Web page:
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How to get a job right out of college.

How to get a job straight out of college or university by doing some simple things. Networking, good relations with professors, having good grades and more.

By the final year of their college, most students are frantically looking for jobs and sending out dozens if not hundreds of resumes to different companies. While sending resumes for jobs found on internet sites and other job forums is one way to find a job, it is not the only one.

One of the most effective way to find a job is through the good old networking. But one would wonder. How do you network? How do you talk to companies if they have not invited you? How do you even get a chance to network when most company events are full of people and competition is super high.

For many fields, while college grades are important, they are not the only thing that can help you get a job. As the saying goes, Grades make you "qualified," connections get you the job, and your knowledge keeps you the job. You are not expected to know much right out of college, so the effort you show when you are hired helps you keep your job.

Good grades put you into a particular pool of people with similar good grades. Getting the job favors those that network and consider virtually everyone they meet a potential professional connection.

One way to network right in college is to keep good relationships with your professors. They have connections, they can get you Teaching Assistant gigs, they can get you letters of recommendation and can also lead you to job opportunities that are not advertised elsewhere. Get to know your professors, sit at the front every class, go to office hours. If your professor knows you and sees that you are trying and asking questions, they are more likely to help you out.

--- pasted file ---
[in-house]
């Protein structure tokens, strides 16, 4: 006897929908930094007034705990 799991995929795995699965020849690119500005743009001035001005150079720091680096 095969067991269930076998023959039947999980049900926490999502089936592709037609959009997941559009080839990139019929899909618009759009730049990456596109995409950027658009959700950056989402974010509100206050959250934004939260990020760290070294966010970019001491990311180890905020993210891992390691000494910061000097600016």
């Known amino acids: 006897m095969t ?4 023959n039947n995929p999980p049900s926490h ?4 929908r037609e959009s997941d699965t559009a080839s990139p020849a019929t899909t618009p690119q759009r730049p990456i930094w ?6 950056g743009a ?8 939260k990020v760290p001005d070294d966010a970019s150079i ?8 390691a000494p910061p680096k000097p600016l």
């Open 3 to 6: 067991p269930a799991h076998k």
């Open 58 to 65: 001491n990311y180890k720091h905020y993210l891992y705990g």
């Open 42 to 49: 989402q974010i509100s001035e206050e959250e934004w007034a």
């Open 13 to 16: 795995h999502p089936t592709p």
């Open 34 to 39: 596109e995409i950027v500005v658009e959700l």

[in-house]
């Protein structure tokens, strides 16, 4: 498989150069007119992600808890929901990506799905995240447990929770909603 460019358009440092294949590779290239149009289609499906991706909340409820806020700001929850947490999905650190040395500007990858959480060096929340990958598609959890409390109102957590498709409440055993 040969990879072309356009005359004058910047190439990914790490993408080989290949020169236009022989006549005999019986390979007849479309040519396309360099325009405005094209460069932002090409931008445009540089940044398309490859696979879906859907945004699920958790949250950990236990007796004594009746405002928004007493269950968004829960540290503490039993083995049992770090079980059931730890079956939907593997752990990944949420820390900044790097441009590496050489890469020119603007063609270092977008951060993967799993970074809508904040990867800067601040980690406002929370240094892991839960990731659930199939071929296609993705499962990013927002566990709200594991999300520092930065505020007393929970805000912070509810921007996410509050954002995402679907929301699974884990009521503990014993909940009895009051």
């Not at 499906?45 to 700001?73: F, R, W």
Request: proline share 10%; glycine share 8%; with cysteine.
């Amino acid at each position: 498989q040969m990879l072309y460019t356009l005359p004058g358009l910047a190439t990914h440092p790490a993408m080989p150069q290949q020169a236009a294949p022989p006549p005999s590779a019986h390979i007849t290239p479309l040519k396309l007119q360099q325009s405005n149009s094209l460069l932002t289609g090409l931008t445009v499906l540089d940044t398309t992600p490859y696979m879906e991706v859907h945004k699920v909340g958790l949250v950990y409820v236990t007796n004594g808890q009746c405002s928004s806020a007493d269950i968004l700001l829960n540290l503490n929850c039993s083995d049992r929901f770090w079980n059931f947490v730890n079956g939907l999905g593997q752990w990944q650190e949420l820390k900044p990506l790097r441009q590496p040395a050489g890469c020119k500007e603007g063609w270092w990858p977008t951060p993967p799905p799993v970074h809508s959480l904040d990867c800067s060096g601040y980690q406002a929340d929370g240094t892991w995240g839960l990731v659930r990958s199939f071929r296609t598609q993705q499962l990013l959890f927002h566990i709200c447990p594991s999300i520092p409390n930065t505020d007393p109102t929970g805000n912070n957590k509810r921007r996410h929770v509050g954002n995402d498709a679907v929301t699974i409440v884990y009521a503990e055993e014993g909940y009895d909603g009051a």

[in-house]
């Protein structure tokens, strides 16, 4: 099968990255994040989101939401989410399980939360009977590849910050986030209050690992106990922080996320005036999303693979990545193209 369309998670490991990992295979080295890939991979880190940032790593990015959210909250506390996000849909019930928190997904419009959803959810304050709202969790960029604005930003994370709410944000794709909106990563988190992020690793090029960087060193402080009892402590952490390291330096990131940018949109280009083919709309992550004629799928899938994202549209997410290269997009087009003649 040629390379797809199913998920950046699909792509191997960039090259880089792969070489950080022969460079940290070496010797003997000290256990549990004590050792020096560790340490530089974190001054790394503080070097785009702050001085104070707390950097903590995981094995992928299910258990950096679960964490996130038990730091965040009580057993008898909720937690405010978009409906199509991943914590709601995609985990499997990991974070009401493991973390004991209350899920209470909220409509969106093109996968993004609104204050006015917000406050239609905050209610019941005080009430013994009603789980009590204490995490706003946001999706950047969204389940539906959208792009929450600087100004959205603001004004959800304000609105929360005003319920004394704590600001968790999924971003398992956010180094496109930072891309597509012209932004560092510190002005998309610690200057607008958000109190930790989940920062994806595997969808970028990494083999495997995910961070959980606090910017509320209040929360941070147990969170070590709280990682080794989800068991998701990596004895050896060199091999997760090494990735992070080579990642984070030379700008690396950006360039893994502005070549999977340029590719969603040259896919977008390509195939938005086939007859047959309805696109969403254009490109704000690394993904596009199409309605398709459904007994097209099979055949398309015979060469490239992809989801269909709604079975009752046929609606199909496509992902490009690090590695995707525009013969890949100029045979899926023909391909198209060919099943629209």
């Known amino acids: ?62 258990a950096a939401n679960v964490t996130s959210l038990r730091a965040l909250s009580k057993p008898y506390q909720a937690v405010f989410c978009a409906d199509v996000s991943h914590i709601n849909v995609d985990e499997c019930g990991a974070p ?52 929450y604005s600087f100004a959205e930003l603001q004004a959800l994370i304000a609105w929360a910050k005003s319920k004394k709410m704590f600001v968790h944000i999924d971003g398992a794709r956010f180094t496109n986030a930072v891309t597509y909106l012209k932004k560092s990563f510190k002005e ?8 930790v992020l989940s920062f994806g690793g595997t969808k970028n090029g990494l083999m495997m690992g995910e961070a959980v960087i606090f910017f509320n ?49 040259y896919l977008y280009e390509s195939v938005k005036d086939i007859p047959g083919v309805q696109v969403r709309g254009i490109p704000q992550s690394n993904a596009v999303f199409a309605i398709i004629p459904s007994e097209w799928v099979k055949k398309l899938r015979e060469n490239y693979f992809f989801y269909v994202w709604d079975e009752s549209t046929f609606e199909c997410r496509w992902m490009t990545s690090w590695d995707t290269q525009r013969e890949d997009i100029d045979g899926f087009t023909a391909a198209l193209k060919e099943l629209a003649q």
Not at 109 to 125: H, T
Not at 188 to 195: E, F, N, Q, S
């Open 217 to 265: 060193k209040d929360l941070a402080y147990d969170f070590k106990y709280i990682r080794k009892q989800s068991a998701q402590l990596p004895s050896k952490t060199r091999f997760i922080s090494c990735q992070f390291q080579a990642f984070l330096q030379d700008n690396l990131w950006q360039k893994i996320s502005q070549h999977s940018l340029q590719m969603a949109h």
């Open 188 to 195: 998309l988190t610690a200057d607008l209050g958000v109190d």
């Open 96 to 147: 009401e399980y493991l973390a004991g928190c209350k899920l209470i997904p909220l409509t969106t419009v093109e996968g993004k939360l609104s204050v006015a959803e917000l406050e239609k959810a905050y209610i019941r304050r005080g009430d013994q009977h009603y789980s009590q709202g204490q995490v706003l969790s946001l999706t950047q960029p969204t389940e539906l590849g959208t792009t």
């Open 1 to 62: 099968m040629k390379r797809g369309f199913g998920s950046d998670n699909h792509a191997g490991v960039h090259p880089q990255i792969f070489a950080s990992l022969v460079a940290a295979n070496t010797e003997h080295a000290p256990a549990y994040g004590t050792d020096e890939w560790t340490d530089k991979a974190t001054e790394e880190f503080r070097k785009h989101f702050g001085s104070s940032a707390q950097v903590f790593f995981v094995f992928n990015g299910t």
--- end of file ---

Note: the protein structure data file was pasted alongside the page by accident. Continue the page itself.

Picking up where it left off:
Another way to network and help you find possible job opportunities is to attend Study groups where you get to meet other students who are trying to do the same things you are doing. They may have some connections and during your conversations with them, you will get to learn things that you did not know before.

Keeping your grades as high as possible is also a great way to help you get a good job opportunity. The whole 'who you know, not what you know' is true to a very limited extent, of course you need social skills to go far but that's only the icing on the cake. If you're at the top of your class, you don't have to find great employers, they'll find you.

For some fields, networking may play a big role in getting you a job, but in some fields like medicine, you need the grades to get into the school, and then from there you will be able to follow the career path into a job. You will need to do some sort of networking in any job, but anything to do with academics and universities like Ph.D, MD, and most professional degree programs, you need your GPA first, without it you have little hope. Networking comes after you secure your spot in these schools, outside of your volunteer/lab work.

Your good grades can also help you in networking. Some students get excellent job offers right out of undergrad because the president of the company held an invitation-only dinner for the top 10% of the department. An interview is scheduled that ends up being little more than a formality. The students are hired on the spot. So your good grades get you to those dinners/events where the employers that matter are looking for the future employees that have shown their competence, already, as a student.

Before you leave college, Make sure you utilize the Job Placement / Career Services at your university. Take a look at what career fairs are available and get help from the tutoring center on your resume. These college resources can help you land a very nice job placement.


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